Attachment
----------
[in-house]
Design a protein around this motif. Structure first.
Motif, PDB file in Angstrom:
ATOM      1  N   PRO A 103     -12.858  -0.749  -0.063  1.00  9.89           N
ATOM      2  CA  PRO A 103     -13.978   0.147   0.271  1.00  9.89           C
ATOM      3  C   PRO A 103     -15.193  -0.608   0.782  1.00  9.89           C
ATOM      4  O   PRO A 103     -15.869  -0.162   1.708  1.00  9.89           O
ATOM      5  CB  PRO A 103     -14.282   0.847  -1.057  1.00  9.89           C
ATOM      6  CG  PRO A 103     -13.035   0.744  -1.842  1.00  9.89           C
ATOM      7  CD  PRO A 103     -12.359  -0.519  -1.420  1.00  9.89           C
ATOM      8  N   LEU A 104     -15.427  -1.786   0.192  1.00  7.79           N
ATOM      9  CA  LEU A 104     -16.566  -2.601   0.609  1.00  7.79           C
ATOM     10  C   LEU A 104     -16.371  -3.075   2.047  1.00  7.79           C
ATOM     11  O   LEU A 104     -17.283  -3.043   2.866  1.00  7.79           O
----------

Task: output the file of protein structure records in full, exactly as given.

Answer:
[in-house]
Design a protein around this motif. Structure first.
Motif, PDB file in Angstrom:
ATOM      1  N   PRO A 103     -12.858  -0.749  -0.063  1.00  9.89           N
ATOM      2  CA  PRO A 103     -13.978   0.147   0.271  1.00  9.89           C
ATOM      3  C   PRO A 103     -15.193  -0.608   0.782  1.00  9.89           C
ATOM      4  O   PRO A 103     -15.869  -0.162   1.708  1.00  9.89           O
ATOM      5  CB  PRO A 103     -14.282   0.847  -1.057  1.00  9.89           C
ATOM      6  CG  PRO A 103     -13.035   0.744  -1.842  1.00  9.89           C
ATOM      7  CD  PRO A 103     -12.359  -0.519  -1.420  1.00  9.89           C
ATOM      8  N   LEU A 104     -15.427  -1.786   0.192  1.00  7.79           N
ATOM      9  CA  LEU A 104     -16.566  -2.601   0.609  1.00  7.79           C
ATOM     10  C   LEU A 104     -16.371  -3.075   2.047  1.00  7.79           C
ATOM     11  O   LEU A 104     -17.283  -3.043   2.866  1.00  7.79           O